Dealing with a brain tumor can be a long, difficult journey, whether it is chronic or terminal. Regardless of the type of tumor, the duration of treatment and the quality of life after treatment, it is possible that both the patient and caregiver will encounter depression somewhere along the way.
Even if depression has never been a challenge in the past, a brain tumor can change that. In addition to the feeling of depression that comes naturally with bad news, it can also be a side effect of the tumor and its treatment. Depending on where the tumor is situated, both mood and personality can be altered by its presence. Chemotherapy, surgery and any other treatment that impacts the chemistry of the brain and neurological function can trigger depression as well.
Many people are uncomfortable with the idea of depression as an illness, preferring to believe it is something that you can “snap out of” if only you try. It is not. Depression is a serious clinical condition with several different causes. It can be caused by a change in the brain’s chemical neurotransmitters, which control mood; changes in hormone levels, which can trigger depression when out of balance; genetic predisposition; physical changes to the brain, such as like a brain tumor; and major life events, such as a brain tumor diagnosis. The good news is that once diagnosed, depression can usually be effectively treated.
So, how do you know if you’re depressed or just really sad about your situation? Here are some symptoms to look for. While any person may understandably feel any of these emotions at a given moment, the intensity and duration of these feelings may indicate depression:
- Feelings of sadness or unhappiness
- Irritability or frustration, even over small matters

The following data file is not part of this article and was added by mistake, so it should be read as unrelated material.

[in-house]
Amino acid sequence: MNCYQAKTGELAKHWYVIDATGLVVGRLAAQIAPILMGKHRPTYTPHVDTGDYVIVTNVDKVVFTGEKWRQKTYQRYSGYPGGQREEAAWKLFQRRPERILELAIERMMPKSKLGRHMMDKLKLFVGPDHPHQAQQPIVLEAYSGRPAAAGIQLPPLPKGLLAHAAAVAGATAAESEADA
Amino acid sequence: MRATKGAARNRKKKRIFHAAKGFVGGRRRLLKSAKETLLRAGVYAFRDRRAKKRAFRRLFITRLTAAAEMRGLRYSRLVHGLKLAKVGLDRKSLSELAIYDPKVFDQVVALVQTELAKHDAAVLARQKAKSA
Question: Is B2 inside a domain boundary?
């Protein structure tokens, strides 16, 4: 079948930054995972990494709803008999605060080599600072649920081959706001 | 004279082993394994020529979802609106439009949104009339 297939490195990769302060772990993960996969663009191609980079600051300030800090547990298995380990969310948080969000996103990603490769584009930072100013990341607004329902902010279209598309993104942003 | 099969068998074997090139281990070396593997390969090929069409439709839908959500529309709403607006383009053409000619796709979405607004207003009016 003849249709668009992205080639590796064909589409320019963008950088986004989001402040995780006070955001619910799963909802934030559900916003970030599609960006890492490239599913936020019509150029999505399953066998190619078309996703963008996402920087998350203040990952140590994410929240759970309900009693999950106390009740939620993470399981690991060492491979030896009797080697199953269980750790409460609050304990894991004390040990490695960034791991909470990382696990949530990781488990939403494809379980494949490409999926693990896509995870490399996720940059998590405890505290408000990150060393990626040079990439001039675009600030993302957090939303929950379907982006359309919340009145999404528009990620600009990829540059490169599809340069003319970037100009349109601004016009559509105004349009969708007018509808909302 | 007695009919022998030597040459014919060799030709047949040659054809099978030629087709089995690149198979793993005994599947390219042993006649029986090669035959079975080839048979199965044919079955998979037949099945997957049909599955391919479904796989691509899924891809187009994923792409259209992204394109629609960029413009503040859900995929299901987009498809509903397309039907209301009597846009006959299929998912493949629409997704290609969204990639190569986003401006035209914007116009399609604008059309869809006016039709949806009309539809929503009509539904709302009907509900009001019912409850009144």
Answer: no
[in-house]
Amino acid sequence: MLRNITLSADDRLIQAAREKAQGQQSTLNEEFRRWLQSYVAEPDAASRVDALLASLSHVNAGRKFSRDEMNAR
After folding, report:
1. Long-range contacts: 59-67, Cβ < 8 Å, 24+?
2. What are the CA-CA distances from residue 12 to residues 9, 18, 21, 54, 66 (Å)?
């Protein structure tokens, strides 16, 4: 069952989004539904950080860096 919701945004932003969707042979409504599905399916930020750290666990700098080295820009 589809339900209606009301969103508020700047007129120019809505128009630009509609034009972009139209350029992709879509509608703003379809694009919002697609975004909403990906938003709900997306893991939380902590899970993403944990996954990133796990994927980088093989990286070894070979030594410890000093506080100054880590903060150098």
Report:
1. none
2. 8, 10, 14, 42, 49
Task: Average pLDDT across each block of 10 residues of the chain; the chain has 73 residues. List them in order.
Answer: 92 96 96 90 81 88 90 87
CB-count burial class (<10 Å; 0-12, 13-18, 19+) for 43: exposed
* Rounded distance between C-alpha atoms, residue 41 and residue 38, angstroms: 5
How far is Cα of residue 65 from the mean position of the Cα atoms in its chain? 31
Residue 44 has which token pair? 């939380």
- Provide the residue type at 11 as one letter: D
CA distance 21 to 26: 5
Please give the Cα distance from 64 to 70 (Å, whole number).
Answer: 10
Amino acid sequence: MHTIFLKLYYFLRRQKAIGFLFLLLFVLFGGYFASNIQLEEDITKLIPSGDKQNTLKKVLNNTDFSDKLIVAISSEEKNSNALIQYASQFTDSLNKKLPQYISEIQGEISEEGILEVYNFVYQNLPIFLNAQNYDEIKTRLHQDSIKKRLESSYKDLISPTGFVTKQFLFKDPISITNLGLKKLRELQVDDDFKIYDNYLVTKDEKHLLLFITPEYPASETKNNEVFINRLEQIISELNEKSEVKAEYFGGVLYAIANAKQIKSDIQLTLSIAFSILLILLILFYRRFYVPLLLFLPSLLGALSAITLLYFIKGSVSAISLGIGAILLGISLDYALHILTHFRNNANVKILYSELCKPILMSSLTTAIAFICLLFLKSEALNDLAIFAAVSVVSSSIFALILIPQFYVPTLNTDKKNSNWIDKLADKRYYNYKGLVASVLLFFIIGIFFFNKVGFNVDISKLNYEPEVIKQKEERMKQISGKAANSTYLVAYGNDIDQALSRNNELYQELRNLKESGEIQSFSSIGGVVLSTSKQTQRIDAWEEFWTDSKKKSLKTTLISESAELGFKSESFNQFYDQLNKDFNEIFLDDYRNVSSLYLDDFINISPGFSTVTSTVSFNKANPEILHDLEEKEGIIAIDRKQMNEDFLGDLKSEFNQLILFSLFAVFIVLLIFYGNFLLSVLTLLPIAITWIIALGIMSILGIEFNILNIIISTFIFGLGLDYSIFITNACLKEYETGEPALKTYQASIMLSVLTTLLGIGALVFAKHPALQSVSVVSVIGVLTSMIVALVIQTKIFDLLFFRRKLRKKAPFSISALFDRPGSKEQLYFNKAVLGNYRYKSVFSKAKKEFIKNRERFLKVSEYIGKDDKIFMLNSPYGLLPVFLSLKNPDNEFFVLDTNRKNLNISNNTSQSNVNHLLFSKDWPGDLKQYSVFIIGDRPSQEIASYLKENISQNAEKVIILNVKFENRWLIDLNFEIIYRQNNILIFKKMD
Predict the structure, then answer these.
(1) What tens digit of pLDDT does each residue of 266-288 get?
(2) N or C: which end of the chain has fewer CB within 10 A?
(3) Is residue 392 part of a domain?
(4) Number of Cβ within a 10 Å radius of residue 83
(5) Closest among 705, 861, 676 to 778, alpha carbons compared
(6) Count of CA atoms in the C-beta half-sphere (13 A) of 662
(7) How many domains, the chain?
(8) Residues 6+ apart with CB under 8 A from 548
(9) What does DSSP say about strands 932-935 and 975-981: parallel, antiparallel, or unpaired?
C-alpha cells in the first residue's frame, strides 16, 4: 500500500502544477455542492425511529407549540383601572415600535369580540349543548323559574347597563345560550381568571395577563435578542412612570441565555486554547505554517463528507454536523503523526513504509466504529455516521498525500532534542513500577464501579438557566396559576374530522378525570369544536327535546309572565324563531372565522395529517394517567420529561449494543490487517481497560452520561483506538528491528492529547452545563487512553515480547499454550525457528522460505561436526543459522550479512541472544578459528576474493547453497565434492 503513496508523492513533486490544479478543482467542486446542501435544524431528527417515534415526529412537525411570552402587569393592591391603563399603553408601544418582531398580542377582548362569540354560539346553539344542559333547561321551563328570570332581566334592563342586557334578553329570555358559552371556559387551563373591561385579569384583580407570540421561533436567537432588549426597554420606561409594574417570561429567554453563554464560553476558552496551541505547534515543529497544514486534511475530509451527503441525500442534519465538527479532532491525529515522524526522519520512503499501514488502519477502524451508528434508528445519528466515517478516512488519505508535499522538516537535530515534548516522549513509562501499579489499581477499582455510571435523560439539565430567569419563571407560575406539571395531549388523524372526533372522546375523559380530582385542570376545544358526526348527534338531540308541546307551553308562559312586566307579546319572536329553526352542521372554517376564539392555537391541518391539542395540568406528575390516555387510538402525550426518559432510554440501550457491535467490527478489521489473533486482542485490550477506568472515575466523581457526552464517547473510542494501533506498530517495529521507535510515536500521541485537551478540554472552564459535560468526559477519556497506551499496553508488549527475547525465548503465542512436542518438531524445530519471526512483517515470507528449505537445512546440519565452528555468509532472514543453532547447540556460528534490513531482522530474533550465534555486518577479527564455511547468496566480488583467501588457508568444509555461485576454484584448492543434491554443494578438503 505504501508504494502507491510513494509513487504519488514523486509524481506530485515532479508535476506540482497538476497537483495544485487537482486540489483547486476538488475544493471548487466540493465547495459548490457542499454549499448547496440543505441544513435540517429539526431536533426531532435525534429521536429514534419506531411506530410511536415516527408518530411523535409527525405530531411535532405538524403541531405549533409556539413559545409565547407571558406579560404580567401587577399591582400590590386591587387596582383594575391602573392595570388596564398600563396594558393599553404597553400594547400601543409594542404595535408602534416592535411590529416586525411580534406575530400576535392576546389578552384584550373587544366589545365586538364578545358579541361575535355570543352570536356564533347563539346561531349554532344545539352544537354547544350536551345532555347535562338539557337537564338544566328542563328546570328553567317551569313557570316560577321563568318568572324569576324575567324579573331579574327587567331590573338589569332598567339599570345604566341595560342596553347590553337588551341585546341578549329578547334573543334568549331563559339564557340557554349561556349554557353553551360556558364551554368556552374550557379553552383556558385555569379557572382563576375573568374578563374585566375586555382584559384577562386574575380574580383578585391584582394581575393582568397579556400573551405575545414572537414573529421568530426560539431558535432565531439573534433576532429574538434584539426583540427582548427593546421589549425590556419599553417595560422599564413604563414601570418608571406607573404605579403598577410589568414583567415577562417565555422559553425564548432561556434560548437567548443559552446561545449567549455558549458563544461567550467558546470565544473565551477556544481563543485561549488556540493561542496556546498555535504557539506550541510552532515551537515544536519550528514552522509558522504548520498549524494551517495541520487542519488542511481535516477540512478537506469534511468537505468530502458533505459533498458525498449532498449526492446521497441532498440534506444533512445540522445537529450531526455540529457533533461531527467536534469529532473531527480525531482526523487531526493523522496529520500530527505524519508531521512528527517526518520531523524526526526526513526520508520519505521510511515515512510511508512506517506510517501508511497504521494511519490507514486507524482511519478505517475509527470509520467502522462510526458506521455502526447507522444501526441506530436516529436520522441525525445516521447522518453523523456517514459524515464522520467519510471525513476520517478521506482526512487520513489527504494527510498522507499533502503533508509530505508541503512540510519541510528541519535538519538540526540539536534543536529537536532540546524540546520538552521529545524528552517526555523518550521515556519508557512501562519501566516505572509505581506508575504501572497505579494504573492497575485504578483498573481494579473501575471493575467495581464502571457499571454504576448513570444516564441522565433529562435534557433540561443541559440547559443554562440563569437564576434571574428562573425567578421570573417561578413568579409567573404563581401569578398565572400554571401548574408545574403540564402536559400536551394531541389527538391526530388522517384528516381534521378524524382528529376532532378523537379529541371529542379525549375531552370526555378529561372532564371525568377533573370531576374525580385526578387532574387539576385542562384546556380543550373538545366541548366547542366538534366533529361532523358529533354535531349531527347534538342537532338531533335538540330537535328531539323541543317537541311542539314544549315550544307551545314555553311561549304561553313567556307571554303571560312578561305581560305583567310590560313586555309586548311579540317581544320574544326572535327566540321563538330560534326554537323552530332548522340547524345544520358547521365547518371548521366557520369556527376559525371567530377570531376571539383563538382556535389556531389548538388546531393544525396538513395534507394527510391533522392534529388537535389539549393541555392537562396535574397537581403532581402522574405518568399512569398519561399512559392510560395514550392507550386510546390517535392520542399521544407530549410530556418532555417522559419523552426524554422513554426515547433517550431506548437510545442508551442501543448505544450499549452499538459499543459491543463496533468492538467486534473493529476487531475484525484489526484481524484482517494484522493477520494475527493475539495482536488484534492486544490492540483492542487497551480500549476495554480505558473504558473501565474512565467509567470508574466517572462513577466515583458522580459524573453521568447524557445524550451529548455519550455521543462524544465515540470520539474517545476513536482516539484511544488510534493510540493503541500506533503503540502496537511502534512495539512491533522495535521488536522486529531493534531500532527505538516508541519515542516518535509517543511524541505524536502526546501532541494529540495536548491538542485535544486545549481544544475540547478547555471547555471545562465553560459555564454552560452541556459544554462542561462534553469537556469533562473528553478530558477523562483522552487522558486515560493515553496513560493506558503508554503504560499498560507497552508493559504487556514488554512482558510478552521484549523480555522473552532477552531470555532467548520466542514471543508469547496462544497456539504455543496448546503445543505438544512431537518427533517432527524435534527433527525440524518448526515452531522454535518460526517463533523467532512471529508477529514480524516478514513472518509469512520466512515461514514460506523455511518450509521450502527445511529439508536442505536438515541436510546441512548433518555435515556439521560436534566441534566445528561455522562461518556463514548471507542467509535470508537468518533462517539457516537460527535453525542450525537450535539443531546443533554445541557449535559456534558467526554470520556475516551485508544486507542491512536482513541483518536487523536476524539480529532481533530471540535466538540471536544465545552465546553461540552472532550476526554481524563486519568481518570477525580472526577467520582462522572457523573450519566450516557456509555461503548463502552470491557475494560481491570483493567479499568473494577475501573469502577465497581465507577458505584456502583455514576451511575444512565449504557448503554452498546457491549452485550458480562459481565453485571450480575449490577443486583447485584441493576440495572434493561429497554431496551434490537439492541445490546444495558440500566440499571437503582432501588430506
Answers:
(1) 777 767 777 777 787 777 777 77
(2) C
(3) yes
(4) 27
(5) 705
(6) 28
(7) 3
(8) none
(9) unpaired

- Loss of interest or pleasure in normal activities
- Reduced sex drive
- Insomnia or excessive sleeping
- Changes in appetite. Depression often causes decreased appetite and weight loss, but in some people it causes increased cravings for food and weight gain.
- Agitation or restlessness — for example, pacing, hand-wringing or an inability to sit still
- Slowed thinking, speaking or body movements
- Indecisiveness, distractibility and decreased concentration
- Fatigue, tiredness and loss of energy — even small tasks may seem to require a lot of effort
- Trouble thinking, concentrating, making decisions and remembering things
- Frequent thoughts of death, dying or suicide
- Crying spells for no apparent reason
- Unexplained physical problems, such as back pain or headaches
For some people, depression symptoms are so severe that it is obvious something is not right. Others people feel generally miserable or unhappy without really knowing why.
Having a brain tumor brings an additional layer to the challenge of treating depression. Many symptoms of depression can also be considered symptoms of a tumor or its treatment. Patients concerned about depression will want to talk to their primary care doctor and ask for a referral to a specialized therapist, social worker or counselor.
There are many treatments available to sufferers of depression including medication, talk therapy and alternative therapies. In addition a neuropsychologist can also help navigate changes in personality and behavior which sometimes occur in patients.
Changes in Behavior
While depression can certainly alter a person’s outlook, a brain tumor can bring dramatic shifts in behavior. An easygoing, peaceful person can transform with no idea that there has been a change. Interference with brain function by tumor or treatment can create rapid and unsettling changes in personality.
A neuropsychologist can help the patient along this path. Such transformations are likely to be difficult on the family and caregivers of the patient. Our Caregivers Section has more information on resources on dealing with changes in behavior.